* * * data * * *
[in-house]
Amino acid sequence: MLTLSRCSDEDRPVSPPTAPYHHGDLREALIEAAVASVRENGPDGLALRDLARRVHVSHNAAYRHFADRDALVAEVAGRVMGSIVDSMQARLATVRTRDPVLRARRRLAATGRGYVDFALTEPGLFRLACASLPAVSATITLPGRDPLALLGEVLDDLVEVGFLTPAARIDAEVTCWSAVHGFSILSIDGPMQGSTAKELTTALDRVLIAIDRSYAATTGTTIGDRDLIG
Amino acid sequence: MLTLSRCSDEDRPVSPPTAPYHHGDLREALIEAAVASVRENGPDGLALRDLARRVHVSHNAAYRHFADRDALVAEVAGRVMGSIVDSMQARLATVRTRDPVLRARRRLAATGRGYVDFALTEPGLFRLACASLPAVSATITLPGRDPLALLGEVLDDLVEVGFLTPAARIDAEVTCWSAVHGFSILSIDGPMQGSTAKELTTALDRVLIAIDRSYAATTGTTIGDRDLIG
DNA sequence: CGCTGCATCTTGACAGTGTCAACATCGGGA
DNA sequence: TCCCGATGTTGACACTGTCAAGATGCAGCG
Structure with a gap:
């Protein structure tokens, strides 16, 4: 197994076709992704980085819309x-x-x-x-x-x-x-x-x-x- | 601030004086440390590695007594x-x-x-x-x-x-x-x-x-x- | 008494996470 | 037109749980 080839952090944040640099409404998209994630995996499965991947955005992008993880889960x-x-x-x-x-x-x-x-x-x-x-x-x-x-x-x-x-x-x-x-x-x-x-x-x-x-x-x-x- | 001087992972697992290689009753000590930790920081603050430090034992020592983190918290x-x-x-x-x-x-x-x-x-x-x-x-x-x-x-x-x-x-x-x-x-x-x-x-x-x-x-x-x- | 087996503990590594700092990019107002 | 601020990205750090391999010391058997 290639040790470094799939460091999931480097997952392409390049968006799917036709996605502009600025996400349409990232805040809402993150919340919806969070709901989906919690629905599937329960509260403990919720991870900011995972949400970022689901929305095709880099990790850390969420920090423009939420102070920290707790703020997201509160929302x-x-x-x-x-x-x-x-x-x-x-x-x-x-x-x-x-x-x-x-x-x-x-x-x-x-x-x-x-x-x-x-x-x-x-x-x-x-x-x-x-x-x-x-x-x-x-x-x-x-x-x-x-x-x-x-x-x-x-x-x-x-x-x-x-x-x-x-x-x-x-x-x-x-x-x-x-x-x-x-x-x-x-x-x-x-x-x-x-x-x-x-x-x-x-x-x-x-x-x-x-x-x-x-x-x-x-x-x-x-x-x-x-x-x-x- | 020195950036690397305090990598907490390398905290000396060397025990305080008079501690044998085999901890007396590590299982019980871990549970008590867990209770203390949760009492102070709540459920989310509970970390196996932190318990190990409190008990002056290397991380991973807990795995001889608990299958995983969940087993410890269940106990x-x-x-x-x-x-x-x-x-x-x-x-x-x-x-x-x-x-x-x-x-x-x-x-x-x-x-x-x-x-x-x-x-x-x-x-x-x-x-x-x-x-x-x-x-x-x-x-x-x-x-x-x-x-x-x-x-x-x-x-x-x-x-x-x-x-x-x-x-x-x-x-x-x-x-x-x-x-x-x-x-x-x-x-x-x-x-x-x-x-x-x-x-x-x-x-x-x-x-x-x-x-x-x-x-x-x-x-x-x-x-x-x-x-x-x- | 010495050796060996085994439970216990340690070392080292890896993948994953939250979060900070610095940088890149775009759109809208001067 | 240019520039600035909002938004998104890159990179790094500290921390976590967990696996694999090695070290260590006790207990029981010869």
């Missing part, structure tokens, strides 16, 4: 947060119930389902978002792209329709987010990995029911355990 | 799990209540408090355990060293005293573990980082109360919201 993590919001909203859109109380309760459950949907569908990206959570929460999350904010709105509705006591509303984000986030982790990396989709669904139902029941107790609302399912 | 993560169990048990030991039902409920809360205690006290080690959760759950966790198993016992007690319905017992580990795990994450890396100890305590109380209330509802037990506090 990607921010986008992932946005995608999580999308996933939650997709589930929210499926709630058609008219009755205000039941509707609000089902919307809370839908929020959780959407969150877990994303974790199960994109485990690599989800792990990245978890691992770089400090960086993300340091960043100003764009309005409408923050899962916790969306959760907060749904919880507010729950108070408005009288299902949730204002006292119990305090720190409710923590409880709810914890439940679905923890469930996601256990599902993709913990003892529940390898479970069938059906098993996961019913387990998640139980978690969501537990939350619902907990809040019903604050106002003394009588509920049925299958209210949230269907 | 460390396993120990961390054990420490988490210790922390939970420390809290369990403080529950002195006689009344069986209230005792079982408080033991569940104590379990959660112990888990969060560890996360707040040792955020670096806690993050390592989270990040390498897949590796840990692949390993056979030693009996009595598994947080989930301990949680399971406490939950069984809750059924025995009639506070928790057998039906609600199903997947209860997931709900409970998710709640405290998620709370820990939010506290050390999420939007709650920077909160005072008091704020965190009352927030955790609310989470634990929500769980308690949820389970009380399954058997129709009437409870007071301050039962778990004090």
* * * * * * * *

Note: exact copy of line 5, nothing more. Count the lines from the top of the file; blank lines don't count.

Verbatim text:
DNA sequence: TCCCGATGTTGACACTGTCAAGATGCAGCG